Kevin: In many ways, this is the secondary focus of my lab. I think [that intervention has] tremendous long-term potential, but to be very blunt, I'm not sure it’s something requiring much EA advocacy. The topic of using biotech to deliberately edit wild species, especially for the long term — and especially for reasons that have nothing whatsoever to do with humans — is a very sensitive subject. People are wary of even the idea of deliberately tweaking animals, let alone wild animals in the areas in which they live, when we don't understand the ecosystems that well. I've observed there is quite a risk of backlash; it’s caught up in the anti-genome movement.
Target Malaria deals with this all of the time. I think it needs to be handled exceptionally carefully. What we’ve found is that people are most supportive if [biotech solutions are] community-led from the start — that is, the people living in the affected areas need to tell the scientists what they want done. If it's done that way, then it's much more difficult for outsiders, particularly anti-biotech activists and the like, to essentially throw a wrench in the works and [drum up] outrage.
It also helps if the work is done by a nonprofit. That helps a lot, because if the initiative is led by the relevant communities affected by the problem and done by a nonprofit, then it's hard to get traction fighting it; doing so [smacks of] outsiders coming in and telling people that they don't know what's best for their own community. And again, we don't understand ecosystems very well, and it's the people who live there who are going to bear the brunt of any mistakes. It really needs to be in their hands from the get-go.
I think EAs can essentially respect that, advocate for community control, and possibly help raise awareness of issues by talking to the relevant community. But I think we need to be exceptionally cautious about how we approach it. There is a real risk of blowback.
Sim: Yes, and I think you've traveled and spoken to such communities. What's the most positive experience you've had, or the main lessons, in doing that?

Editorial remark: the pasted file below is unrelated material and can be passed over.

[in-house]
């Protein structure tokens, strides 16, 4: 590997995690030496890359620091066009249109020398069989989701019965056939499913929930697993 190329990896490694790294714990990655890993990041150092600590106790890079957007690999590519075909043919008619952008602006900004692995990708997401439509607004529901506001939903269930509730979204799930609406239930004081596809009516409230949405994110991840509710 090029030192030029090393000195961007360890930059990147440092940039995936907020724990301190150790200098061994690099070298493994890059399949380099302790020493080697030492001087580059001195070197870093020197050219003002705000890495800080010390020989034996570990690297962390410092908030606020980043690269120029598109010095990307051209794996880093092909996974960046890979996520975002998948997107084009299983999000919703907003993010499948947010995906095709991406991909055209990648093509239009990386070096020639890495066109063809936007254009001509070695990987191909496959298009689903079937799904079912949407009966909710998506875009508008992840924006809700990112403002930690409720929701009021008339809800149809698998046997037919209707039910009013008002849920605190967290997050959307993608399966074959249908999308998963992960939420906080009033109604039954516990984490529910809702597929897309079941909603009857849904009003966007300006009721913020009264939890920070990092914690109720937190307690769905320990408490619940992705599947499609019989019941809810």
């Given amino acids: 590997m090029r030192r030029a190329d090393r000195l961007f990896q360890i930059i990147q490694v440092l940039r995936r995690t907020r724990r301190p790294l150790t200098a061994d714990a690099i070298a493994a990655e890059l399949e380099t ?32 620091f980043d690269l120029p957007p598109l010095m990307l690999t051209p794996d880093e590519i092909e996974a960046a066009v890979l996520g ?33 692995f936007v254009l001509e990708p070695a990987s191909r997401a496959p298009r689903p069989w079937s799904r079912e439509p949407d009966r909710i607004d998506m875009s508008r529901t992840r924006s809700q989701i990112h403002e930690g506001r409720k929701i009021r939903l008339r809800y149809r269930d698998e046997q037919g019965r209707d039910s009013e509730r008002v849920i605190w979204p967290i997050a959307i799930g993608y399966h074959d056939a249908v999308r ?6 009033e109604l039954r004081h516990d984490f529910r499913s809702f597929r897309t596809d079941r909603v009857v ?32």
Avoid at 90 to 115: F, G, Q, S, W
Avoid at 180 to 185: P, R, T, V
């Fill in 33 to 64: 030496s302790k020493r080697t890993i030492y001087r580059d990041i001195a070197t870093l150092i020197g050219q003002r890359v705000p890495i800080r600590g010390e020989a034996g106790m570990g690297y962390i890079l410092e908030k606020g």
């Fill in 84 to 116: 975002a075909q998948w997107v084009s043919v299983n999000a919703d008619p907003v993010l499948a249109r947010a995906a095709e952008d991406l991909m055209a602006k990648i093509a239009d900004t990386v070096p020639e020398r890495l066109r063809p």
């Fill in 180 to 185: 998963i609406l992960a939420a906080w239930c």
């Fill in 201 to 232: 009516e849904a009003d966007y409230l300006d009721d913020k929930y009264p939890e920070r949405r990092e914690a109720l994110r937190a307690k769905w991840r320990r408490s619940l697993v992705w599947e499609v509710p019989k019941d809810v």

Kevin: The most heartening — and heart-rending — thing happened after talking to a number of Maori in Otago, New Zealand, and apologizing for how I had published a paper without thinking to run it by them at the revision stage. It could have harmed their political interests, and I told them that I completely understood why they didn't want to work with us again after that.
A woman stood up and said, “I have never heard a scientist come and apologize to our faces for doing something wrong.” That meant a tremendous amount to them, but on the other hand, that's just heart-rending if that was the case, or at least her perception.
I'm not sure if that's true of the community as a whole, but she had never seen it before. You can gain a lot [of trust] if you are willing to go and talk to people, explain what their options are, and say, “I don't know what's best. You live here. It's your environment. It has to be your call. If you don't think this is a good idea, just tell us and we'll walk away.” People really respond positively to that.
That doesn't mean you need to tell them exactly what you think is possible from the get-go — you can only do that in areas that are fairly free of infohazards. But if you're thinking of doing something in the environment, I should hope it's not particularly hazardous.
Sim: Right. And switching topics again, what's your opinion on biohackers’ role in mitigating the risks of, or responding to, unmet clinical needs? And I guess the flip side of that question is how do others view that bio community?
Kevin: I prefer to call it “community bio,” which is a bit more reflective of what it actually is: a community of folks working with bio who usually have some ties to formal biotech through academia or industry — as well as a lot of people who are interested in playing with bio and learning.
In general, they tend to have a much better ethos with respect to caution than does academia. Now obviously, there are a few very high-profile exceptions to that, which tend to get all of the press. But the community as a whole is much more concerned with doing the right thing, and is much more aware that things could go wrong than the typical academic is — by a long shot.
Sim: That's surprising.